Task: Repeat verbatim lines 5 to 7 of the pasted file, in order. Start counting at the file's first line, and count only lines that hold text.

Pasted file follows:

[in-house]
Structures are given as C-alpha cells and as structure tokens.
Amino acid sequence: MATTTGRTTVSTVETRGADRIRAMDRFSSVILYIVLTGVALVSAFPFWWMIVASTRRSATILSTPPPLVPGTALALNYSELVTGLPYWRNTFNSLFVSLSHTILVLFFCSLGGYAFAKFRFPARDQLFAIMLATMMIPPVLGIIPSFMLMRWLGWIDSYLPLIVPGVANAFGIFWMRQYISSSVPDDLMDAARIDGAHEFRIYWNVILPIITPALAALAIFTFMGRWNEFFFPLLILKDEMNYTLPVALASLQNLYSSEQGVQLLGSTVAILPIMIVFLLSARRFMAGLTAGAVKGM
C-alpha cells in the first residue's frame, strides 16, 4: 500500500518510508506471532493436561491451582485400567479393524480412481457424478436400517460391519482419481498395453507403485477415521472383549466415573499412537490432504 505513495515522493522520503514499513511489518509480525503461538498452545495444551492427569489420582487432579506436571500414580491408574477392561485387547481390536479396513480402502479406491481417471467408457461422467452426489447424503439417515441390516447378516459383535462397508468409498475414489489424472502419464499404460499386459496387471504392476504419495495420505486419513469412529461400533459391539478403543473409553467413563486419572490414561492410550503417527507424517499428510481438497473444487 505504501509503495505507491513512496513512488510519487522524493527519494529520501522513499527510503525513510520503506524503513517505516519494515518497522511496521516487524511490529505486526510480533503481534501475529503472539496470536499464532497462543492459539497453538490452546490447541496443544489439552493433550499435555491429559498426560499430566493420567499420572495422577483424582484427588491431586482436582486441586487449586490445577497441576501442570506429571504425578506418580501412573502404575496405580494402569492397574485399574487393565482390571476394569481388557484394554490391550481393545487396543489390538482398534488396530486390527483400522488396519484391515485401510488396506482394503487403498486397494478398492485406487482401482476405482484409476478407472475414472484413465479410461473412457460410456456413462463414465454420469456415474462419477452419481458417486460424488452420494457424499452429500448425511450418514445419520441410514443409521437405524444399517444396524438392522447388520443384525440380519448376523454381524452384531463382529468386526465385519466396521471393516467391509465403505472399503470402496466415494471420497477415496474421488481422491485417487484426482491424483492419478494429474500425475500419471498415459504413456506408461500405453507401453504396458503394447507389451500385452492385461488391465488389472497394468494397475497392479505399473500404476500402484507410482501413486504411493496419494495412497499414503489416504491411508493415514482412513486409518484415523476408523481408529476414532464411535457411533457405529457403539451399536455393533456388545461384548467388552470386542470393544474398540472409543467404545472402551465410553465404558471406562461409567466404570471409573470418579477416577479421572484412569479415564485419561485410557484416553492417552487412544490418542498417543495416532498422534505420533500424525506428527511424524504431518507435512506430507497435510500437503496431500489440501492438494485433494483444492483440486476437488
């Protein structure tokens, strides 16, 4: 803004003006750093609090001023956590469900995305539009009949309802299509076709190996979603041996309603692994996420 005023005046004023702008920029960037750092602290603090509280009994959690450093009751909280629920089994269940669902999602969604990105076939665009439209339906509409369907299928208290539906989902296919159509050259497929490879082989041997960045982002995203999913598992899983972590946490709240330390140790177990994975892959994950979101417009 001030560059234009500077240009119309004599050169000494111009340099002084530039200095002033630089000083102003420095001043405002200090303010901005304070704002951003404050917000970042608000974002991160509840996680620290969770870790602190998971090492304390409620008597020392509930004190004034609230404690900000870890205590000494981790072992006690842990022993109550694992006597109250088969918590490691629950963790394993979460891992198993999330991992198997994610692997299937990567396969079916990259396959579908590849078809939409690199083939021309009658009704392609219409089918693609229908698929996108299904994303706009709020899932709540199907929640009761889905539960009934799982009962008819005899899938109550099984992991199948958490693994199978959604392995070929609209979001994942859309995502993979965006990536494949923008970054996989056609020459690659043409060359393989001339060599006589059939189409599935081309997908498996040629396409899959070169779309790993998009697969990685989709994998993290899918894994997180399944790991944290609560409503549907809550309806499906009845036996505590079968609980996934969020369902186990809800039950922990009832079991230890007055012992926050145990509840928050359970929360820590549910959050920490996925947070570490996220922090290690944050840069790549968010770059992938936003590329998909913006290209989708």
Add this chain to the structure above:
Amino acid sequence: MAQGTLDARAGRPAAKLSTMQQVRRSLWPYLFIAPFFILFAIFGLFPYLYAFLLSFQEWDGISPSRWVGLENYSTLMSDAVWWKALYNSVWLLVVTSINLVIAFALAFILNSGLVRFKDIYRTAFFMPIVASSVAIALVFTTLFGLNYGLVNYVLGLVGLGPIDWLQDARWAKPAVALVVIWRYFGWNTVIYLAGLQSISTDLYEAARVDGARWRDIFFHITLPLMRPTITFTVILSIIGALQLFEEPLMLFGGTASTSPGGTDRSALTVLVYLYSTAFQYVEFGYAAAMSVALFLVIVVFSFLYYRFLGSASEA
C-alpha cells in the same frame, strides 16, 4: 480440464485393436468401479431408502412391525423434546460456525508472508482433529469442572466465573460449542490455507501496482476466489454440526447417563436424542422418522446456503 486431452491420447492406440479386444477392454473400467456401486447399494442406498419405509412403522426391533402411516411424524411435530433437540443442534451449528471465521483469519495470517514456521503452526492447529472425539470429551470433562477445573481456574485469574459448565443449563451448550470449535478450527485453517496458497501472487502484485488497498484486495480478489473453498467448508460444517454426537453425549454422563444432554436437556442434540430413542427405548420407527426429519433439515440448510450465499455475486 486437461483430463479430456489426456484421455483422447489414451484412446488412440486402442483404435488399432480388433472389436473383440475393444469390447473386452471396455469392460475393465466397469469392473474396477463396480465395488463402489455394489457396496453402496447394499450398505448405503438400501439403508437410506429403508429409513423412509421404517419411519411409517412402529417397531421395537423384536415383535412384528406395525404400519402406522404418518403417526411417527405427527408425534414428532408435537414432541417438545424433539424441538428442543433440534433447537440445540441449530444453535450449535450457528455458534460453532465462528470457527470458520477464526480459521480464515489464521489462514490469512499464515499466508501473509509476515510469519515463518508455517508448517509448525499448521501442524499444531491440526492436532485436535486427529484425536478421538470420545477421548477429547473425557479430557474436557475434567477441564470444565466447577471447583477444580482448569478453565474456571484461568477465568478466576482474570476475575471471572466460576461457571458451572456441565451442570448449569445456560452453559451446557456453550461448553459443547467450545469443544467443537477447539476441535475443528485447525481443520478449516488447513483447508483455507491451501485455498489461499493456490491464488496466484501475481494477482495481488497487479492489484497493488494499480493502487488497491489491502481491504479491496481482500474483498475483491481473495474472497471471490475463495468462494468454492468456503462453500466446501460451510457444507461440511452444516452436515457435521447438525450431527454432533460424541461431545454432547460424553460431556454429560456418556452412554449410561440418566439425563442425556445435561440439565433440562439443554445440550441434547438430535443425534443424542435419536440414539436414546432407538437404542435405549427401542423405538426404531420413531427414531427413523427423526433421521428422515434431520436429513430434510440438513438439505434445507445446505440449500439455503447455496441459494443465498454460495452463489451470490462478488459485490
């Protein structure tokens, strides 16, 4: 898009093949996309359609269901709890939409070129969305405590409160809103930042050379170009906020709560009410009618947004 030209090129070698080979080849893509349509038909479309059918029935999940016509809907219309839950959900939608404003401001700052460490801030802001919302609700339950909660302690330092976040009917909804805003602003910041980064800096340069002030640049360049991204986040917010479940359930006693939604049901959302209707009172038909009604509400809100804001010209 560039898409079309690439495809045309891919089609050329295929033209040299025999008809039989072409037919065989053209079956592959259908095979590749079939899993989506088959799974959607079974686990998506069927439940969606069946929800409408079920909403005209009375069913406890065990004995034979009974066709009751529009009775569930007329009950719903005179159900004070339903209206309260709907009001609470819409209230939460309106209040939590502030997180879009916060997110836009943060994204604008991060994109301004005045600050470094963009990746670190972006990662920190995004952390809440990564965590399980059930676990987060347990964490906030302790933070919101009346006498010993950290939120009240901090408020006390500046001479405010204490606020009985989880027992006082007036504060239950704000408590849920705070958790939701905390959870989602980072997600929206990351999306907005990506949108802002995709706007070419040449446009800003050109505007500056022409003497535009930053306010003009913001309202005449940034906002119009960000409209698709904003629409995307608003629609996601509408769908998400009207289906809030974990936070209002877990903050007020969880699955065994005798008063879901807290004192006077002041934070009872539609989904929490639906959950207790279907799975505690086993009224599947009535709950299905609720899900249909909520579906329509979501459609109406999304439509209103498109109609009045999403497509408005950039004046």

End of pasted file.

């Protein structure tokens, strides 16, 4: 803004003006750093609090001023956590469900995305539009009949309802299509076709190996979603041996309603692994996420 005023005046004023702008920029960037750092602290603090509280009994959690450093009751909280629920089994269940669902999602969604990105076939665009439209339906509409369907299928208290539906989902296919159509050259497929490879082989041997960045982002995203999913598992899983972590946490709240330390140790177990994975892959994950979101417009 001030560059234009500077240009119309004599050169000494111009340099002084530039200095002033630089000083102003420095001043405002200090303010901005304070704002951003404050917000970042608000974002991160509840996680620290969770870790602190998971090492304390409620008597020392509930004190004034609230404690900000870890205590000494981790072992006690842990022993109550694992006597109250088969918590490691629950963790394993979460891992198993999330991992198997994610692997299937990567396969079916990259396959579908590849078809939409690199083939021309009658009704392609219409089918693609229908698929996108299904994303706009709020899932709540199907929640009761889905539960009934799982009962008819005899899938109550099984992991199948958490693994199978959604392995070929609209979001994942859309995502993979965006990536494949923008970054996989056609020459690659043409060359393989001339060599006589059939189409599935081309997908498996040629396409899959070169779309790993998009697969990685989709994998993290899918894994997180399944790991944290609560409503549907809550309806499906009845036996505590079968609980996934969020369902186990809800039950922990009832079991230890007055012992926050145990509840928050359970929360820590549910959050920490996925947070570490996220922090290690944050840069790549968010770059992938936003590329998909913006290209989708």
Add this chain to the structure above:
Amino acid sequence: MAQGTLDARAGRPAAKLSTMQQVRRSLWPYLFIAPFFILFAIFGLFPYLYAFLLSFQEWDGISPSRWVGLENYSTLMSDAVWWKALYNSVWLLVVTSINLVIAFALAFILNSGLVRFKDIYRTAFFMPIVASSVAIALVFTTLFGLNYGLVNYVLGLVGLGPIDWLQDARWAKPAVALVVIWRYFGWNTVIYLAGLQSISTDLYEAARVDGARWRDIFFHITLPLMRPTITFTVILSIIGALQLFEEPLMLFGGTASTSPGGTDRSALTVLVYLYSTAFQYVEFGYAAAMSVALFLVIVVFSFLYYRFLGSASEA